Chapter 6 (cont.)

Down to the River


One Sunday when visiting DB, we were standing in the yard when Virgil came bumping down the alley on his brand new Honda twin-cylinder motorbike. It was blue and chrome and he’d added a luggage rack since I’d seen him last. It was spotless except for some mud spattering from the alley. He had come from the opposite direction I had.

On the luggage rack was a grey Samsonite, 2-suiter suitcase from the P-X. Virgil had turned the rear springs up to full-load and it was still down at the rear as it bump, bumped its way down the alley. As he turned into the yard he seemed surprised to see me and asked DB, “Is he OK?”

“He’s OK,” answered DB.

Virgil levered the bike onto the center stand with one foot and swung the other carefully over the top of the tank so as not to scratch the paint. This maneuver was not the usual way of dismounting a motor bike but was necessary because of the suitcase. He unstrung the bungee cords holding it on and hoisted it to the ground.

“Who’s home?” he asked.

“Just the two of us,” DB said nodding at me. Mama San’s out shopping and the boys are off doing some errands for me.”

“Good, I just picked up the change from our latest sale. Wanna see it?”

“Sure, Bring it inside.”

Virgil dragged the suitcase inside with some difficulty and set it on the pallet.

“Gotta beer? This calls for a beer — P-X beer not Bier laRue; I’m so tired of that. Maybe it’s the ice cubes that make it so awful.”

“You’re a braver man than I drinking iced beer on the street. You come down with the shits lately?”

“No. But I want P-X beer anyway.”

DB went to the fridge and got a Pabst Blue Ribbon for each of us. A pallet of Pabst had come his way from the latest shipment from the states.

“How ‘bout a churchkey?” asked Virgil.

DB fished one out of the drawer and handed it to Virgil who poked a couple of holes in the top of the can and handed it to me. I did the same.

As I was taking my first swig Virgil undid the latches on the suitcase and opened it. I nearly choked. Sitting on the pallet in the open suitcase was more money than I had ever even dreamed of. It was filled with bundled 20,000 piaster notes. These were about the equivalent of a US $100 bill. I was dumbstruck! What could they possibly do with that much money? DB already had all the consumer goods available in the P-X. Virgil had just bought himself a new motorcycle. The family was well fed and not in rags by any means.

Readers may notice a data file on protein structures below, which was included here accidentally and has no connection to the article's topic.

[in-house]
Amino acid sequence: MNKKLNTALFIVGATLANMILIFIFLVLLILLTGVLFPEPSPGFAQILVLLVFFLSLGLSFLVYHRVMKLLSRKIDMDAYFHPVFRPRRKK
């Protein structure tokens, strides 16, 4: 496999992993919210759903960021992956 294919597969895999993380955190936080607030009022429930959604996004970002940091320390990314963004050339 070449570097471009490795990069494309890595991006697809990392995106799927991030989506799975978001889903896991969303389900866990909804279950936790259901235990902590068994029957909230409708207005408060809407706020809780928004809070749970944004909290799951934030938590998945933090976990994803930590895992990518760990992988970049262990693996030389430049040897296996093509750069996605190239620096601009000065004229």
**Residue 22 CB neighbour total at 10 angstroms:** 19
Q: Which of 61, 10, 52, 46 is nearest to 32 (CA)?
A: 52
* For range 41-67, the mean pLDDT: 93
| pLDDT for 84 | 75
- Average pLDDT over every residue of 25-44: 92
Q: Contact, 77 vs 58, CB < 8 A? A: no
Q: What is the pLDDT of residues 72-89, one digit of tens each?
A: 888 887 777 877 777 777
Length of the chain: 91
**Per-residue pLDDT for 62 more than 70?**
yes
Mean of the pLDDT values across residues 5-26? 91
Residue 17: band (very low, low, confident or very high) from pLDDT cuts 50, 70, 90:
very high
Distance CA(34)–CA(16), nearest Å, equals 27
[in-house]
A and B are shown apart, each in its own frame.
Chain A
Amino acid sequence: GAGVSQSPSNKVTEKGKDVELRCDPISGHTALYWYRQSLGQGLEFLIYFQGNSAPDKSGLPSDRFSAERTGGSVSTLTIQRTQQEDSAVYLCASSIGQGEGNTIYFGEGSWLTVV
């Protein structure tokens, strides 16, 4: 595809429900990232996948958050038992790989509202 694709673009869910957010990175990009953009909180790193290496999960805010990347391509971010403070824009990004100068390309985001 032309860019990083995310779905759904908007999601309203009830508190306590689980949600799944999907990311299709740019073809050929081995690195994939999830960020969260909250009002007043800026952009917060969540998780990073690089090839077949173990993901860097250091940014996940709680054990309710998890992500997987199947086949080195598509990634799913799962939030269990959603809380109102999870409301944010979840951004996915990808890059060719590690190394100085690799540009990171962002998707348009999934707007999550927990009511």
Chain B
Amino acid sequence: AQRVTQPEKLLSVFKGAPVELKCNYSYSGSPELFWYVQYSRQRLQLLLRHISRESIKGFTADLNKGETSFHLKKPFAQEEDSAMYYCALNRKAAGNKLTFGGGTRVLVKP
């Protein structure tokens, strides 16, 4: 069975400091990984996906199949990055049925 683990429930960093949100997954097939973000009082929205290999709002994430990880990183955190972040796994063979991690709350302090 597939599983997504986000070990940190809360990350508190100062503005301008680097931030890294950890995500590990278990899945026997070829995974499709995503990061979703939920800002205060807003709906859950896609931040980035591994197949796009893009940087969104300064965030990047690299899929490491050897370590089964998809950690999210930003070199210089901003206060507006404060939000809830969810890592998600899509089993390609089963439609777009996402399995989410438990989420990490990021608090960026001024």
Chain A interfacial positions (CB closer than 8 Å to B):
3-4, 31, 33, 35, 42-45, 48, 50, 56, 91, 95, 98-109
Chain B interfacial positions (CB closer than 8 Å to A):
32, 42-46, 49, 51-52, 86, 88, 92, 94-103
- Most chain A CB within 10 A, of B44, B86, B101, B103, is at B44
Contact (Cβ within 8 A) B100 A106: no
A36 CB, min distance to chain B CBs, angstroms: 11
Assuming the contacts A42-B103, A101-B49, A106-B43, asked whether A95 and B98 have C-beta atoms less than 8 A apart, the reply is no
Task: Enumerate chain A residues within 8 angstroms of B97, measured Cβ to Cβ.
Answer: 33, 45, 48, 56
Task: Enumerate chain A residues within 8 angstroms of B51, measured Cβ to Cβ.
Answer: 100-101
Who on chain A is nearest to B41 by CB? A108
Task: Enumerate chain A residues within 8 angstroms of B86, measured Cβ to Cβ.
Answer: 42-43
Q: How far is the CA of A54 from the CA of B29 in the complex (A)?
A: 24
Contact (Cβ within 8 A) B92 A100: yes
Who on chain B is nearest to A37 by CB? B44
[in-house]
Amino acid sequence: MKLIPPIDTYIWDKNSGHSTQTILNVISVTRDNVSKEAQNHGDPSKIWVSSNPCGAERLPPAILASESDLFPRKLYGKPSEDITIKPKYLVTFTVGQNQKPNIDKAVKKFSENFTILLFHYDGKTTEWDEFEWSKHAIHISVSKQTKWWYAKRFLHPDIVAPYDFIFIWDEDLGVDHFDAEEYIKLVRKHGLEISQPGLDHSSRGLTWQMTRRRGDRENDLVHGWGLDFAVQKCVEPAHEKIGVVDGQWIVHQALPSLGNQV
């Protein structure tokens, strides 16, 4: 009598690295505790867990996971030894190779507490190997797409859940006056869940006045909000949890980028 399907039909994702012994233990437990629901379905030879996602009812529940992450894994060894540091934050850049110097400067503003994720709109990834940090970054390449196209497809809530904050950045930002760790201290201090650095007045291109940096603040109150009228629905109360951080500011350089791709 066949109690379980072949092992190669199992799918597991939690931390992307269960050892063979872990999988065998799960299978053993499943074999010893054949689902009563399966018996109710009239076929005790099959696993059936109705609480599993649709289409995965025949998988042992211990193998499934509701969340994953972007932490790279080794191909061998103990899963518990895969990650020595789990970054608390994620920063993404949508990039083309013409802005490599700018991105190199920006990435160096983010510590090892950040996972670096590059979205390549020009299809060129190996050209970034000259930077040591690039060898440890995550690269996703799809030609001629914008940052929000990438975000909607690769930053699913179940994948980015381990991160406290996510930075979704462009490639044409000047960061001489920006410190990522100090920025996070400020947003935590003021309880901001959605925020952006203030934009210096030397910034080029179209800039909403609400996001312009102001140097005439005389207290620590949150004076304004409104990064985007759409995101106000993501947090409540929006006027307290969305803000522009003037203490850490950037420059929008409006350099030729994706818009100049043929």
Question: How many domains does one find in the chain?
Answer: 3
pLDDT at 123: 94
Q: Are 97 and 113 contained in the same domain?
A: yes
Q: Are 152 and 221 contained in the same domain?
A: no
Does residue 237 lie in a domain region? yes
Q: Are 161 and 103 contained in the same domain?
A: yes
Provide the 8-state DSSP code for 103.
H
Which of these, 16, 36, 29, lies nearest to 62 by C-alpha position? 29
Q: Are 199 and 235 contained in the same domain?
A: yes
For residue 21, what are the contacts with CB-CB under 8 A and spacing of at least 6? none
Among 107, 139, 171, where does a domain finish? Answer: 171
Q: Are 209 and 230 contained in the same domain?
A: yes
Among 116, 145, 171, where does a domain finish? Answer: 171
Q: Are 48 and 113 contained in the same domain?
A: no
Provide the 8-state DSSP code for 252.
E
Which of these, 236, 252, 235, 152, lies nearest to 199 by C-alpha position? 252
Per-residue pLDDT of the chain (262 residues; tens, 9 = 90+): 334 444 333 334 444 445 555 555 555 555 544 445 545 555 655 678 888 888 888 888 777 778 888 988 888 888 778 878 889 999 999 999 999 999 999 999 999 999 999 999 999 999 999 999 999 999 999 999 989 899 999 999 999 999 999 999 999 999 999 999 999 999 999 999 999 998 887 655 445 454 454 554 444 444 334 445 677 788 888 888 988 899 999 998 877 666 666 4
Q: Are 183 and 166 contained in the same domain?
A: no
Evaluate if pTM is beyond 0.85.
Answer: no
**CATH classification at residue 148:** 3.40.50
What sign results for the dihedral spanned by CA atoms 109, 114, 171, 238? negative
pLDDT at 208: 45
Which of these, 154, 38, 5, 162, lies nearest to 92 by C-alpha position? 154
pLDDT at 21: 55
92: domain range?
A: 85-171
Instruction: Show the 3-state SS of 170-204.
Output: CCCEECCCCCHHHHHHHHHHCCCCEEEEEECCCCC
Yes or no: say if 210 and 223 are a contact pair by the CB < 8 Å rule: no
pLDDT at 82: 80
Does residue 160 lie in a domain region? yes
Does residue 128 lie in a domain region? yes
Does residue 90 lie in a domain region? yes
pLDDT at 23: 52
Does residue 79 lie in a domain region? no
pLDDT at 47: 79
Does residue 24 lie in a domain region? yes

“Holy shit! Where did all that come from?” I asked.

“It’s tough to explain,” said DB. “For now let’s just say we made it in trade. And, ah, maybe a little gambling.”

“Actually, we made this changing money on the black market,” offered Virgil.

“No shit. How does that work,” I asked.

“It’s easy. Lots of guys do it. All you need is a bank account and a little seed money.”

“I don’t think we should involve him in all that just yet,” said DB.

“Why not? We could front him the seed money.

You have a stateside account and a checkbook? Is that right?” asked Virgil.

“Don’t lets get ahead of ourselves,” cautioned DB. “Checks are only payable in MPC.”

“That’s checks from Bank of American at Long Bin or Citi Bank at Dodge City,” said Virgil. “Checks from a stateside bank are payable in US dollars almost anywhere in the world, including here.”

“Did they make you exchange your cash for MPC when you arrived in country?” asked Virgil.

“No. We arrived at Bien Hoa on money change day during a rocket attack and it was total chaos. Nobody said shit about money. We just took the bus to the replacement center at Long Bin and then got rocketed again. So I still have the money I came with. I’ve been spending MPC. I didn’t know you could spend greenbacks.”

“You can’t. At least not legally,” said DB.

“Since when are we talking legal here? How much have you got in greenback cash?” asked Virgil.

“I dunno. Maybe $500.”

“He doesn’t even need any seed money,” Virgil said to DB.

“You’re buying piasters at the bank rate of 135 per dollar, right? Make you a deal. I’ll buy your greenbacks for 175 right now.”

“What’ll I do with that many piasters?”

“Go spend em on the economy. Buy a suit. Play roulette in Cho Lon. Or poker. Whatever you want.”

“Come on. Be fair,” said DB. “You should at least give him the street price for greenbacks.” .

“OK, for you, since you’re a friend, I’ll give you 220. That’s the rate this week. But I’m making nothing on the deal. No rake at all. And I’m taking the risk.”

“What risk?” Asked DB, “This deal’s as risk-free as it gets.”

“Well, I really wanted to save the money. I still have car payments at home,” I countered.

“Open a bank account at Dodge City buy MPC on the economy and deposit it,” said Virgil

“That’ll just complicate things,” said DB. “You can only deposit the amount of your pay plus $200 each month. It’ll take him months to get rid of the piasters that way.”

“What would you suggest then?” asked Virgil.

“Buy money orders and send them to New Jersey,” answered DB.

“From who?” asked Virgil.

“From Citi at Dodge City, from Cooks, from American Express. Actually, Amex will mail them direct to his bank so they will know they’re not forgeries. And besides, they’d take them anyway. It’s not like you were spending them at the Indian tailor’s.”

“What do the Indian tailors have to do with it?” I asked.

DB and Halftrack had begun to talk as though I weren’t even there as they worked out the details of a scheme I didn’t understand at all but seemed to involve me.

“How is any of this to my advantage?” I asked.

“OK, here’s how it works. You can buy MPC from the Indian tailors for 135. You give them135 P and they give you one MPC.

But at the bank you give them one MPC and they give you 175 p, Dig?”

“So its 40 P per MPC to your advantage to buy piasters at the tailors,” said DB.

“It sounds like a lot of trouble and I don’t understand how I come out ahead.”

“Let’s say you want to buy a suit at the Indian tailor’s and the price for the suit is 10,000 piasters but you only have MPC. So he’ll charge you $74 MPC but if you give him piasters that you bought at the bank the price to you is a lot less because he’d rather have piasters because there’s no money-change risk. He’ll take the equivalent of about $57.50,” explained Virgil.